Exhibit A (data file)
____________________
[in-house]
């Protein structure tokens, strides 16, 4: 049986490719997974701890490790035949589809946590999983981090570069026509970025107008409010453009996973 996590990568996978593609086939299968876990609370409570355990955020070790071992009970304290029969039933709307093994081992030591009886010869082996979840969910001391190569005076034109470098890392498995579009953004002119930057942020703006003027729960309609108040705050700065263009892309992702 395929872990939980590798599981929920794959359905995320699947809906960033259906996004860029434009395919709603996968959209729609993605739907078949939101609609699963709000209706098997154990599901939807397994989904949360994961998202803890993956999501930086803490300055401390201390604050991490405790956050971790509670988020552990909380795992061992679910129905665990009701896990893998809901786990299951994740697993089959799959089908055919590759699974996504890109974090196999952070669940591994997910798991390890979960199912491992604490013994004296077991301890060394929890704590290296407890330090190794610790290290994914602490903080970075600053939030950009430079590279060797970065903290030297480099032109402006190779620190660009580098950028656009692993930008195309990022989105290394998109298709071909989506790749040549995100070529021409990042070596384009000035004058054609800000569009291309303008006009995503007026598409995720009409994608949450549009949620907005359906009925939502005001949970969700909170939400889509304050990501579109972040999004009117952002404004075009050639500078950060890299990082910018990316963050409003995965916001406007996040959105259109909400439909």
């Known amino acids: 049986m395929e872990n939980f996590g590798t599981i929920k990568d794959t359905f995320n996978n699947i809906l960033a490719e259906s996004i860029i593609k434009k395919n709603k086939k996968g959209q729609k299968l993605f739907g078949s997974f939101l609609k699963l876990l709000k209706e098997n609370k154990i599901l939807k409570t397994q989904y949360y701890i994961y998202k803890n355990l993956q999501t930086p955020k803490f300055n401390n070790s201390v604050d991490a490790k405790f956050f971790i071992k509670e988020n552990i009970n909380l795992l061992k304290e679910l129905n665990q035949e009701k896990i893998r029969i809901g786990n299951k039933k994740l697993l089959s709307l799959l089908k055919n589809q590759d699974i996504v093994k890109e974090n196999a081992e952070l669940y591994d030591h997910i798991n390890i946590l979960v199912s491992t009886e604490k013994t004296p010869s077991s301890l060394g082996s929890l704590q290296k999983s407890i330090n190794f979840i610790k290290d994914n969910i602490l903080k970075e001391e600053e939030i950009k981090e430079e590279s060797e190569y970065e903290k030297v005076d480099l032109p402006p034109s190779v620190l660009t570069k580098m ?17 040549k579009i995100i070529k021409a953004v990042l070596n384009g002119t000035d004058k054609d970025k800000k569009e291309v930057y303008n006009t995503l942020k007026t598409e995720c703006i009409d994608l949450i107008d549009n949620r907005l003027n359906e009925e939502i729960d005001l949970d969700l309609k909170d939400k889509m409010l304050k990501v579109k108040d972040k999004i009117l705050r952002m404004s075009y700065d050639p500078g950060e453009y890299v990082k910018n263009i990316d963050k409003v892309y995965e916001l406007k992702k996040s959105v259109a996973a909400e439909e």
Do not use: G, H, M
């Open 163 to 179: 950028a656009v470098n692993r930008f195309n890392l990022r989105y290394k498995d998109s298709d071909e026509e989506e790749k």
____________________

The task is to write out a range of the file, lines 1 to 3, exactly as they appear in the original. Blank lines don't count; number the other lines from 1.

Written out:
[in-house]
């Protein structure tokens, strides 16, 4: 049986490719997974701890490790035949589809946590999983981090570069026509970025107008409010453009996973 996590990568996978593609086939299968876990609370409570355990955020070790071992009970304290029969039933709307093994081992030591009886010869082996979840969910001391190569005076034109470098890392498995579009953004002119930057942020703006003027729960309609108040705050700065263009892309992702 395929872990939980590798599981929920794959359905995320699947809906960033259906996004860029434009395919709603996968959209729609993605739907078949939101609609699963709000209706098997154990599901939807397994989904949360994961998202803890993956999501930086803490300055401390201390604050991490405790956050971790509670988020552990909380795992061992679910129905665990009701896990893998809901786990299951994740697993089959799959089908055919590759699974996504890109974090196999952070669940591994997910798991390890979960199912491992604490013994004296077991301890060394929890704590290296407890330090190794610790290290994914602490903080970075600053939030950009430079590279060797970065903290030297480099032109402006190779620190660009580098950028656009692993930008195309990022989105290394998109298709071909989506790749040549995100070529021409990042070596384009000035004058054609800000569009291309303008006009995503007026598409995720009409994608949450549009949620907005359906009925939502005001949970969700909170939400889509304050990501579109972040999004009117952002404004075009050639500078950060890299990082910018990316963050409003995965916001406007996040959105259109909400439909």
């Known amino acids: 049986m395929e872990n939980f996590g590798t599981i929920k990568d794959t359905f995320n996978n699947i809906l960033a490719e259906s996004i860029i593609k434009k395919n709603k086939k996968g959209q729609k299968l993605f739907g078949s997974f939101l609609k699963l876990l709000k209706e098997n609370k154990i599901l939807k409570t397994q989904y949360y701890i994961y998202k803890n355990l993956q999501t930086p955020k803490f300055n401390n070790s201390v604050d991490a490790k405790f956050f971790i071992k509670e988020n552990i009970n909380l795992l061992k304290e679910l129905n665990q035949e009701k896990i893998r029969i809901g786990n299951k039933k994740l697993l089959s709307l799959l089908k055919n589809q590759d699974i996504v093994k890109e974090n196999a081992e952070l669940y591994d030591h997910i798991n390890i946590l979960v199912s491992t009886e604490k013994t004296p010869s077991s301890l060394g082996s929890l704590q290296k999983s407890i330090n190794f979840i610790k290290d994914n969910i602490l903080k970075e001391e600053e939030i950009k981090e430079e590279s060797e190569y970065e903290k030297v005076d480099l032109p402006p034109s190779v620190l660009t570069k580098m ?17 040549k579009i995100i070529k021409a953004v990042l070596n384009g002119t000035d004058k054609d970025k800000k569009e291309v930057y303008n006009t995503l942020k007026t598409e995720c703006i009409d994608l949450i107008d549009n949620r907005l003027n359906e009925e939502i729960d005001l949970d969700l309609k909170d939400k889509m409010l304050k990501v579109k108040d972040k999004i009117l705050r952002m404004s075009y700065d050639p500078g950060e453009y890299v990082k910018n263009i990316d963050k409003v892309y995965e916001l406007k992702k996040s959105v259109a996973a909400e439909e």